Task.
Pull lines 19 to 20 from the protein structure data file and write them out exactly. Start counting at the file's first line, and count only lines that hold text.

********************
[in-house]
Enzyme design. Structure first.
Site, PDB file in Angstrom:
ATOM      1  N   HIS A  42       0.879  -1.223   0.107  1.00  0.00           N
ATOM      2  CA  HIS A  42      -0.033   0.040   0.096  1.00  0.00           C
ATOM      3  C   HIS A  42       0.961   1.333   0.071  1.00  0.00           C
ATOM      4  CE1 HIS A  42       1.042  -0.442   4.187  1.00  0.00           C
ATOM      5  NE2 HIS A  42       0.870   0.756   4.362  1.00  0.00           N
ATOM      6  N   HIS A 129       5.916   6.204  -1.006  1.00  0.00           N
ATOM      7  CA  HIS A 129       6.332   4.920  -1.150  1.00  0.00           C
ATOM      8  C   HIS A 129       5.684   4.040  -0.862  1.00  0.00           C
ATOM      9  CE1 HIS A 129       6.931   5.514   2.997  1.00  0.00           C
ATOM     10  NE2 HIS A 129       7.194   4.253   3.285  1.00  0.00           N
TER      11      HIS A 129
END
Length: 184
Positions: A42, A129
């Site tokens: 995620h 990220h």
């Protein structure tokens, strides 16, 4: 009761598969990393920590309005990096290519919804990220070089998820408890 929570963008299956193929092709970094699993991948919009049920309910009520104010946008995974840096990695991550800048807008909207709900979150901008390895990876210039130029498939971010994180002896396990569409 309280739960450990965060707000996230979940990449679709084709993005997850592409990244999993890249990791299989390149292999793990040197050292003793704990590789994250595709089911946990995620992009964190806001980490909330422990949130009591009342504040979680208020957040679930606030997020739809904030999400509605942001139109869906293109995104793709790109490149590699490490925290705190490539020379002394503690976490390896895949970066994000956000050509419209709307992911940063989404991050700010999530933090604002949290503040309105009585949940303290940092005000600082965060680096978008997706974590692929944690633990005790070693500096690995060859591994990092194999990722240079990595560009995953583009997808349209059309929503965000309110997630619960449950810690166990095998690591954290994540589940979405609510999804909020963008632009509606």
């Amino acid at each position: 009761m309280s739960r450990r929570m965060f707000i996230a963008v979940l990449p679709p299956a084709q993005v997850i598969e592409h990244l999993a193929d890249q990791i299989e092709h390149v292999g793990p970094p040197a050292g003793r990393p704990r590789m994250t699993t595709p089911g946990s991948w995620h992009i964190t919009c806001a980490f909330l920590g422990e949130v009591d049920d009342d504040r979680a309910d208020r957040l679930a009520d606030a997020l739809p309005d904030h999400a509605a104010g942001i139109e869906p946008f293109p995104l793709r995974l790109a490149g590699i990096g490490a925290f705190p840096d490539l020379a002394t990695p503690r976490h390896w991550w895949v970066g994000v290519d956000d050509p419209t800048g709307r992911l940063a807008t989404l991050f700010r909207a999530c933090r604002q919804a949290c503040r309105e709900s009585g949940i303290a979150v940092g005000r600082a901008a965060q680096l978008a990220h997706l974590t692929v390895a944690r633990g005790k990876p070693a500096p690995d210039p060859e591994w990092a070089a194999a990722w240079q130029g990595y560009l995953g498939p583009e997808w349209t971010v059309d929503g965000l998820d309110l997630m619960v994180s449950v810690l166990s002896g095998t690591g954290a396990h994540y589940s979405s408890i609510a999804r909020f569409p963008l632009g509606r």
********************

């Protein structure tokens, strides 16, 4: 009761598969990393920590309005990096290519919804990220070089998820408890 929570963008299956193929092709970094699993991948919009049920309910009520104010946008995974840096990695991550800048807008909207709900979150901008390895990876210039130029498939971010994180002896396990569409 309280739960450990965060707000996230979940990449679709084709993005997850592409990244999993890249990791299989390149292999793990040197050292003793704990590789994250595709089911946990995620992009964190806001980490909330422990949130009591009342504040979680208020957040679930606030997020739809904030999400509605942001139109869906293109995104793709790109490149590699490490925290705190490539020379002394503690976490390896895949970066994000956000050509419209709307992911940063989404991050700010999530933090604002949290503040309105009585949940303290940092005000600082965060680096978008997706974590692929944690633990005790070693500096690995060859591994990092194999990722240079990595560009995953583009997808349209059309929503965000309110997630619960449950810690166990095998690591954290994540589940979405609510999804909020963008632009509606």
């Amino acid at each position: 009761m309280s739960r450990r929570m965060f707000i996230a963008v979940l990449p679709p299956a084709q993005v997850i598969e592409h990244l999993a193929d890249q990791i299989e092709h390149v292999g793990p970094p040197a050292g003793r990393p704990r590789m994250t699993t595709p089911g946990s991948w995620h992009i964190t919009c806001a980490f909330l920590g422990e949130v009591d049920d009342d504040r979680a309910d208020r957040l679930a009520d606030a997020l739809p309005d904030h999400a509605a104010g942001i139109e869906p946008f293109p995104l793709r995974l790109a490149g590699i990096g490490a925290f705190p840096d490539l020379a002394t990695p503690r976490h390896w991550w895949v970066g994000v290519d956000d050509p419209t800048g709307r992911l940063a807008t989404l991050f700010r909207a999530c933090r604002q919804a949290c503040r309105e709900s009585g949940i303290a979150v940092g005000r600082a901008a965060q680096l978008a990220h997706l974590t692929v390895a944690r633990g005790k990876p070693a500096p690995d210039p060859e591994w990092a070089a194999a990722w240079q130029g990595y560009l995953g498939p583009e997808w349209t971010v059309d929503g965000l998820d309110l997630m619960v994180s449950v810690l166990s002896g095998t690591g954290a396990h994540y589940s979405s408890i609510a999804r909020f569409p963008l632009g509606r």